H&R Block president and CEO Bill Cobb is expecting problems next tax season due to the Affordable Care Act, now that the Internal Revenue Service has released draft versions of the forms that will be needed, and pointed out that many taxpayers will no longer be able to file a simple Form 1040EZ.

In a conference call Wednesday to report on the company’s fiscal first-quarter 2015 financial results, Cobb noted that many of Block’s customers will be facing additional complexity on their tax returns next tax season.

“We’re looking forward to the upcoming tax season as we continue to demonstrate our value and expertise to our Tax Plus strategy and as our clients begin to face complexities in their tax situations resulting from the Affordable Care Act,” he said. “While there is a lot of work to do, I am confident that we’re poised to take advantage of the long-term opportunities that lie ahead.”

Cobb noted that Block is updating its systems to handle the Affordable Care Act. “From an operational perspective, we’re in the midst of preparing our network for the changes resulting from the Affordable Care Act, updating our systems, training our people and finalizing our strategy for 2015,” he said. “As most of you know the IRS released many of the draft forms in late July, offering the industry a first glimpse of how the law will be implemented from a tax perspective. Additional worksheet and instructions are anticipated which will enable us to gain a fair understanding of how ACA will impact tax returns.”

He pointed out that the IRS’s draft forms for the Affordable Care Act are complex and time-consuming, and many taxpayers who used to be able to file simple tax forms such as the 1040EZ no longer will be able to do so (see IRS Releases Draft Forms for Obamacare).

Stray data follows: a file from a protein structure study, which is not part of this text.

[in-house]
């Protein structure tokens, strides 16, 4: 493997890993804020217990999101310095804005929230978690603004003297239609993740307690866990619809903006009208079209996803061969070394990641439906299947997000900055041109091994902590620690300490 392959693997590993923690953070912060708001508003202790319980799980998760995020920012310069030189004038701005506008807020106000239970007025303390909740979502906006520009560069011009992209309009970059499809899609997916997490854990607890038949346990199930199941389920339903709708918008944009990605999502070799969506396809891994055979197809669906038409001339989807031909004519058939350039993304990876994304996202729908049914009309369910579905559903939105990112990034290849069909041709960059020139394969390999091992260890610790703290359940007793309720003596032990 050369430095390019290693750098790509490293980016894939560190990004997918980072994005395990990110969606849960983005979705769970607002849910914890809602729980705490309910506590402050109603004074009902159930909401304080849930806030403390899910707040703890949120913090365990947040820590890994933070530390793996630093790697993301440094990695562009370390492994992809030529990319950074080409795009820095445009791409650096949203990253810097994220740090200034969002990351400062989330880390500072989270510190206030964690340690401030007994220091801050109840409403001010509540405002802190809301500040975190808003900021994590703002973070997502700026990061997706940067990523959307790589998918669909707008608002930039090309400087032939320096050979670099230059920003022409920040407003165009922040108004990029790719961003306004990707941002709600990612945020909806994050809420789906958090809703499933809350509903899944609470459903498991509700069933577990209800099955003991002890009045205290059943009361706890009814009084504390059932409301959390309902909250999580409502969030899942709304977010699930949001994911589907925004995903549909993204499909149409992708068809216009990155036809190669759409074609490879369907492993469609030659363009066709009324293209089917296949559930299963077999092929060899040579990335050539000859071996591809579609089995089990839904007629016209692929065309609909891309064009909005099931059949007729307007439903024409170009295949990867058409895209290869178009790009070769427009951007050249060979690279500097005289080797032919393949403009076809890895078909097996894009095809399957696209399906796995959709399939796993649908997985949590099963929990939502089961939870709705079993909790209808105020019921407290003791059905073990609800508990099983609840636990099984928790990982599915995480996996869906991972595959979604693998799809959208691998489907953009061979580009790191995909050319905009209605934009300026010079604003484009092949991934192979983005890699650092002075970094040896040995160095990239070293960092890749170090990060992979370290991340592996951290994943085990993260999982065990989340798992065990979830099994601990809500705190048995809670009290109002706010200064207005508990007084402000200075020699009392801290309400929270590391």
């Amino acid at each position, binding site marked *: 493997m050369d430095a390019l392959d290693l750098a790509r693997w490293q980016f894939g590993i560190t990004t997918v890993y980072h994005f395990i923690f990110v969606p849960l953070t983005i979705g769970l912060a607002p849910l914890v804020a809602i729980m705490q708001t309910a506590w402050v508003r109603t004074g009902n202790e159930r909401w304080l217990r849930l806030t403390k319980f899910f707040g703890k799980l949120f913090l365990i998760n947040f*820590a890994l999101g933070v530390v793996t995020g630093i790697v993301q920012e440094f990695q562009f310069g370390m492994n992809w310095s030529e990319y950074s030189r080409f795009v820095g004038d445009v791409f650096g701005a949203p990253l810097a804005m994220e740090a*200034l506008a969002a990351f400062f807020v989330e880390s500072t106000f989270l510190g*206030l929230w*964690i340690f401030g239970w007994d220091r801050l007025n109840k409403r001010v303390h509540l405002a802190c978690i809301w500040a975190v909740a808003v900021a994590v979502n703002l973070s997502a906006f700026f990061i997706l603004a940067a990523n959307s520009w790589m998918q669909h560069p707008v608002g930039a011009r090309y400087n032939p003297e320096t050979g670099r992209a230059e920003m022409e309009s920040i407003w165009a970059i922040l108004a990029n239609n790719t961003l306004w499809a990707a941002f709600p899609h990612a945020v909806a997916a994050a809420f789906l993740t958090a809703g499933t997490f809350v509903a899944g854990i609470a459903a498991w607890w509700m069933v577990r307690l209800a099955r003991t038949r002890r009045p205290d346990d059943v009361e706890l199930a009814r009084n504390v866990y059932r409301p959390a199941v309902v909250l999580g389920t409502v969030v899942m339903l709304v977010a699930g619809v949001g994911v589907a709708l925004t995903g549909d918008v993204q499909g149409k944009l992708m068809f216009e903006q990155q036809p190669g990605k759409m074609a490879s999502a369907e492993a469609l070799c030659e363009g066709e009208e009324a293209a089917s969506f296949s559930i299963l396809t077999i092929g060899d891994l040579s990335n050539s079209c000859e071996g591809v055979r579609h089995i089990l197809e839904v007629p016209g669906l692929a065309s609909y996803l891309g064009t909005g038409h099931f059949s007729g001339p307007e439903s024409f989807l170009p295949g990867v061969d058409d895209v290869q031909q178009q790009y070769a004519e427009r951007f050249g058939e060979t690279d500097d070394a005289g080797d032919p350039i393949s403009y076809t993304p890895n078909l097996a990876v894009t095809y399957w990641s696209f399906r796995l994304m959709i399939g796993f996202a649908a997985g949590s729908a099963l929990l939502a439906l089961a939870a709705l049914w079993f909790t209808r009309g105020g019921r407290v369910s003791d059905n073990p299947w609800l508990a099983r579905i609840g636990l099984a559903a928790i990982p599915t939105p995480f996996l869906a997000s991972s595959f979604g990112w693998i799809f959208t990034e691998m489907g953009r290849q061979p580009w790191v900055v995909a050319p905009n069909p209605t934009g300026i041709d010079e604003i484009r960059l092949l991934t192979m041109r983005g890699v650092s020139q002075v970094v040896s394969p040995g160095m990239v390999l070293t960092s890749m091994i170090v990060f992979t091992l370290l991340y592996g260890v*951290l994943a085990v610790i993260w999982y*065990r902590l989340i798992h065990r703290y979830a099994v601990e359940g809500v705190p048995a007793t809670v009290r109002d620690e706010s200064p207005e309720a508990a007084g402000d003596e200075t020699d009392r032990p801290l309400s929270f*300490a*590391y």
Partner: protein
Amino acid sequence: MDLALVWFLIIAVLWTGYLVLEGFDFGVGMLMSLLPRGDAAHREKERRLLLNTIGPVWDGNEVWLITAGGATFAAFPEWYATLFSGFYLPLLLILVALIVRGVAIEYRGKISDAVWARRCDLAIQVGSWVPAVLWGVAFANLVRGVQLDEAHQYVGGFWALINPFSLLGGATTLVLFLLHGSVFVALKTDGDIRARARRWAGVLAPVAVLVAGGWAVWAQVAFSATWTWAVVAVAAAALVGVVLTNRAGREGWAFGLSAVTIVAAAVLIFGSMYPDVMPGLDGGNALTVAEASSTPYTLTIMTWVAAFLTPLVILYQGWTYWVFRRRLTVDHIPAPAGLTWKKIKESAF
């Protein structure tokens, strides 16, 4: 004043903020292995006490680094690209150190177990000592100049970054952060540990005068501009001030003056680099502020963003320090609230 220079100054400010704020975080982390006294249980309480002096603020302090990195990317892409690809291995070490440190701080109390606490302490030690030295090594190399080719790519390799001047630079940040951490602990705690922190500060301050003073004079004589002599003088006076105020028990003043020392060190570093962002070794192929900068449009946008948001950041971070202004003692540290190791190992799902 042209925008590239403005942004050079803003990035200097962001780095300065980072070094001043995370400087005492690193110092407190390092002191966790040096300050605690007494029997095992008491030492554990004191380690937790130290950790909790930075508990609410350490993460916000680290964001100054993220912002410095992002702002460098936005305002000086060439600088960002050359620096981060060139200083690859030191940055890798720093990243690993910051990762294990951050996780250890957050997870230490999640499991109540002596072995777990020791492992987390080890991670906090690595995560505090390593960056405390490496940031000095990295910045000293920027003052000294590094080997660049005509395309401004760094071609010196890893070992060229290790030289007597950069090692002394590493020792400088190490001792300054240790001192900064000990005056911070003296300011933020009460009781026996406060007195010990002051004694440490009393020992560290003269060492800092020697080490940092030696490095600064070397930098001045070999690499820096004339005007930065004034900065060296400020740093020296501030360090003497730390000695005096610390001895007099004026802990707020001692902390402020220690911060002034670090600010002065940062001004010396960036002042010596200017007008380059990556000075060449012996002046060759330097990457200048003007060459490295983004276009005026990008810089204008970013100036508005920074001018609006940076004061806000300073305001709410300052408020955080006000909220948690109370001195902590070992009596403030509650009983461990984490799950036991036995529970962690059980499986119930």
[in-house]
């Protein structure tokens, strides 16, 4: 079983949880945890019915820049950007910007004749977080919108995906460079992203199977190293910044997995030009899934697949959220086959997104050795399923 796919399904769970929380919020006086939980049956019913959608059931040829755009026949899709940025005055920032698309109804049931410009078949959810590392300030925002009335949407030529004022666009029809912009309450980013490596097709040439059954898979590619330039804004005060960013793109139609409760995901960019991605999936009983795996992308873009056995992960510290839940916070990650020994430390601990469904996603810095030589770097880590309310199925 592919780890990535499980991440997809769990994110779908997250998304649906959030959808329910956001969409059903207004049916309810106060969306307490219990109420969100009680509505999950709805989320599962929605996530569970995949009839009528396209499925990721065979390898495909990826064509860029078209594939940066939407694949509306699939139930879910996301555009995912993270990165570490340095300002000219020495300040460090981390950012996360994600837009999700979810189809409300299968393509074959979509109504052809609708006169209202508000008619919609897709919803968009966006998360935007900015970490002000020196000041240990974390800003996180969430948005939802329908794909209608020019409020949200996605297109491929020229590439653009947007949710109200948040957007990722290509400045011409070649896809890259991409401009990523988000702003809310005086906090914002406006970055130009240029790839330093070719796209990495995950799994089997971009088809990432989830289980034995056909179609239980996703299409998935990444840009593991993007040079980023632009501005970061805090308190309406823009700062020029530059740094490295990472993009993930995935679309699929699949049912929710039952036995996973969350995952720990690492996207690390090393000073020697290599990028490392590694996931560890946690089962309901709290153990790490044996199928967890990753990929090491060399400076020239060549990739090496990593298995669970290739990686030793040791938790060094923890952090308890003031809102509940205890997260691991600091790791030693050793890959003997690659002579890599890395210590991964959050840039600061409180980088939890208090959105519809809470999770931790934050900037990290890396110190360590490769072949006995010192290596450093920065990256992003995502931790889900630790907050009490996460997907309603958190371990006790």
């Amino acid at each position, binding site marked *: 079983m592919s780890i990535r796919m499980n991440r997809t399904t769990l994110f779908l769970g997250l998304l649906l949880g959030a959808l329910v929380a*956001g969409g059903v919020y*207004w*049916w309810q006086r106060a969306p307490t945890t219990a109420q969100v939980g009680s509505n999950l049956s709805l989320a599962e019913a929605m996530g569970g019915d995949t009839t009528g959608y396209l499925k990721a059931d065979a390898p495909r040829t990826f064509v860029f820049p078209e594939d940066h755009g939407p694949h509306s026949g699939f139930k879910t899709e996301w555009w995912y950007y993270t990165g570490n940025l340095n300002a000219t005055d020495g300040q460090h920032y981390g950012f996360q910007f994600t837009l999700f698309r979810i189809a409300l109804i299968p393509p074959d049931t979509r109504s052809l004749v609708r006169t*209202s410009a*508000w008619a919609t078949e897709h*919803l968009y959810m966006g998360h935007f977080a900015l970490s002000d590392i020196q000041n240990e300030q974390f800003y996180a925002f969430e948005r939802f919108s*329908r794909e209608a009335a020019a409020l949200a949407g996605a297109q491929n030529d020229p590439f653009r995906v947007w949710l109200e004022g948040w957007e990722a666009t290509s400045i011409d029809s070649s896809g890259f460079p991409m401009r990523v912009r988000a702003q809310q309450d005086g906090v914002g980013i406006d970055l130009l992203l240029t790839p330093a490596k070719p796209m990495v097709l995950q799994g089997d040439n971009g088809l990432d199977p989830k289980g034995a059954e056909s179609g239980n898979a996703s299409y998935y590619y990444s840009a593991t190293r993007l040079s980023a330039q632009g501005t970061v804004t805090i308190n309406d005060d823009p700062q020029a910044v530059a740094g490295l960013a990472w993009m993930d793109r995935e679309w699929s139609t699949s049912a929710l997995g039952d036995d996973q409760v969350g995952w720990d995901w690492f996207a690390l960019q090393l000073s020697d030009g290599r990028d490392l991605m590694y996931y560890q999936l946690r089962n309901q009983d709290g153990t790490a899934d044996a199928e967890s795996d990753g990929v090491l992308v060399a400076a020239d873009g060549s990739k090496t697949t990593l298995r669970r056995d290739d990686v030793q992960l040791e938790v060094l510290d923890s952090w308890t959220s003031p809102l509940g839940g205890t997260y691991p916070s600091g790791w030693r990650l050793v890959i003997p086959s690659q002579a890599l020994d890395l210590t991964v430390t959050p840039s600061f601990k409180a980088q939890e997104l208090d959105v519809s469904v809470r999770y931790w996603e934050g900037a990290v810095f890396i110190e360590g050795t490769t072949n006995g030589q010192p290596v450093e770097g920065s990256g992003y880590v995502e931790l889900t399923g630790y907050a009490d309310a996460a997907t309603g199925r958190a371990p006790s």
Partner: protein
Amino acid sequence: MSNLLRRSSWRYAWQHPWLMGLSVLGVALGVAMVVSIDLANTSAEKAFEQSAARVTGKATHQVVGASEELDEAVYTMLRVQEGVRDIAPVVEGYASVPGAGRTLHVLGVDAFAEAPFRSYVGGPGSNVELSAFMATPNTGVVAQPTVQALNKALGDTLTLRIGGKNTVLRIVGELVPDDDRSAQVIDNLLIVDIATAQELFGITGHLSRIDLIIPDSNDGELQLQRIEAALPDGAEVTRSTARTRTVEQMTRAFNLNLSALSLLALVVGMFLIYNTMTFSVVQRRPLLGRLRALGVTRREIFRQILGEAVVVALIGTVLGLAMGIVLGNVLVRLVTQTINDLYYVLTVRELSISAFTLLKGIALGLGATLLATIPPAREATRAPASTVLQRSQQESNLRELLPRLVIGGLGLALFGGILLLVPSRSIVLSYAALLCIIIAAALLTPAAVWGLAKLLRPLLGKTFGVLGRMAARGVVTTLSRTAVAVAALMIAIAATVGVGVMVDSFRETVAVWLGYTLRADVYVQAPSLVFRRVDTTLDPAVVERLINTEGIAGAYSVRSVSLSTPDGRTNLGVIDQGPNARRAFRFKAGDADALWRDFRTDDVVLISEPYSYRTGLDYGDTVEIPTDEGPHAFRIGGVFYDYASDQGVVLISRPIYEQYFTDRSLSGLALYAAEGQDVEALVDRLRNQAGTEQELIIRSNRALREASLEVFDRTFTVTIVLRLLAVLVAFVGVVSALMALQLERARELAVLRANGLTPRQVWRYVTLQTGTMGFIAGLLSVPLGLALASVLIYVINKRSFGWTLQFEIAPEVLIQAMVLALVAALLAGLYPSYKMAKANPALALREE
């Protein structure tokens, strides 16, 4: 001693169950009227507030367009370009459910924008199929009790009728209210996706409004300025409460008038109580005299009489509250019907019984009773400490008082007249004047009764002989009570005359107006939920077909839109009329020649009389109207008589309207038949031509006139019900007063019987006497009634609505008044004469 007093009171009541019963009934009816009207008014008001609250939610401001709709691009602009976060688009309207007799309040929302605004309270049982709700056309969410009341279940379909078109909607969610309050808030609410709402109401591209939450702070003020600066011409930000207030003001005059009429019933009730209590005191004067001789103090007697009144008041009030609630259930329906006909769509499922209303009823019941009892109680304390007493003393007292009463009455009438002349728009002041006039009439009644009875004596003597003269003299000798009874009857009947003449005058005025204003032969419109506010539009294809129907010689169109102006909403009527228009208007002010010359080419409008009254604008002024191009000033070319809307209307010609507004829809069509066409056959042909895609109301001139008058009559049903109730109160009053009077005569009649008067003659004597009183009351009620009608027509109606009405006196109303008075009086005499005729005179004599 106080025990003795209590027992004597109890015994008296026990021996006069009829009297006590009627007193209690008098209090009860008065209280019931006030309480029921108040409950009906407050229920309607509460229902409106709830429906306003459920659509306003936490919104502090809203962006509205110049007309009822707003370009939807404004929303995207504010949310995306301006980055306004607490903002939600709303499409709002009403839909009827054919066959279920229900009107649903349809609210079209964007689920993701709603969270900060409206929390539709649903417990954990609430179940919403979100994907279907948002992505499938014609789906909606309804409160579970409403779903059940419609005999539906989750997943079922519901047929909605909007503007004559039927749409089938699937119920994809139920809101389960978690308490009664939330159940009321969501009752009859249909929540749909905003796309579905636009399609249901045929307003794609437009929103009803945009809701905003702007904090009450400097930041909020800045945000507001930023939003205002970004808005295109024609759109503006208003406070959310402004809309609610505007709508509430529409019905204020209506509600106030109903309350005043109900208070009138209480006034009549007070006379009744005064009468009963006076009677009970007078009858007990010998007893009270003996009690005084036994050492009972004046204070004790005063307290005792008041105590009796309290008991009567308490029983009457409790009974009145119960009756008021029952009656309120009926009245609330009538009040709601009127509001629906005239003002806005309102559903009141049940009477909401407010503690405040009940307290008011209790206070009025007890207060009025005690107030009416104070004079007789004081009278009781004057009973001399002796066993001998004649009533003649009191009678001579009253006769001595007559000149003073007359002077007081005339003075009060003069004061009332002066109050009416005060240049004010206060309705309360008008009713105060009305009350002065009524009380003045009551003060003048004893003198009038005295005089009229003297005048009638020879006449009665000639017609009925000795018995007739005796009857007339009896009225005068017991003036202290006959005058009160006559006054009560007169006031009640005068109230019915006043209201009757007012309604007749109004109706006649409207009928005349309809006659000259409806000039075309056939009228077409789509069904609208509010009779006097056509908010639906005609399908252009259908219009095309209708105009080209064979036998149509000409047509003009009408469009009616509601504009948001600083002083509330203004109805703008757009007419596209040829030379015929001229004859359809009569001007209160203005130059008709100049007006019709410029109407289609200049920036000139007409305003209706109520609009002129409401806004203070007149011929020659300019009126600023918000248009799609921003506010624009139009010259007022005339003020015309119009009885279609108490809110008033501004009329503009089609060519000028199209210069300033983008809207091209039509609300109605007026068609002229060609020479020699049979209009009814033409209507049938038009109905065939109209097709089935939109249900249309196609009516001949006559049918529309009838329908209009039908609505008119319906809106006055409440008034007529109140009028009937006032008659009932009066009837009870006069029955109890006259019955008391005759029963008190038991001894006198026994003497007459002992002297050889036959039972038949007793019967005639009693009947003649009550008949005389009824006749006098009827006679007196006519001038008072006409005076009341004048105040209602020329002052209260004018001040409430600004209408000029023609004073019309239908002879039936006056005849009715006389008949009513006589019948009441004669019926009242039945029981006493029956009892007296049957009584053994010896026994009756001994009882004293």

“As expected the forms are very detailed and can present significant complexity depending on the filers covered status during year, income levels and household composition,” said Cobb, according to the Washington Examiner and a transcript of the call on Seeking Alpha. “Depending on these situations, there are instances where filers may need to file multiple new tax forms and complete additional worksheets. Second, while 1040EZ filers maybe not necessarily be the primary demographic impacted by the ACA, those that received an advanced tax credit will no longer be eligible to file their returns on a 1040EZ. Third, many filers who did not have qualified health insurance coverage for the full year will either face a tax penalty or will be eligible for an exemption. Depending on the type of the exemption, the process to claim it could be quite cumbersome and time consuming.”

Filers whose households are covered by qualified health insurance plans will be able to test their coverage status on their tax returns without the need to provide additional documentation, Cobb noted. He sees opportunities to help tax clients cope with the complexities of health care reform, but it may take a long time beyond next tax season for that to happen.

“After analyzing the early drafts of these new forms, we continue to believe that healthcare reform will impact our claims and in turn presents an opportunity for H&R Block to demonstrate our value,” he said. “As we said all along, however, it’s going to take a few years for the opportunity presented by health care reform to develop. This is a long-term play and we’re making smart investments now to ensure we’re prepared to serve our clients and meet their needs when they turn to us for help in understanding how the new law impacts them. We believe we’ve committed more resources of this initiative than any in the tax industry. And I am confident we’ll offer unmatched value as Americans seek assistance.”

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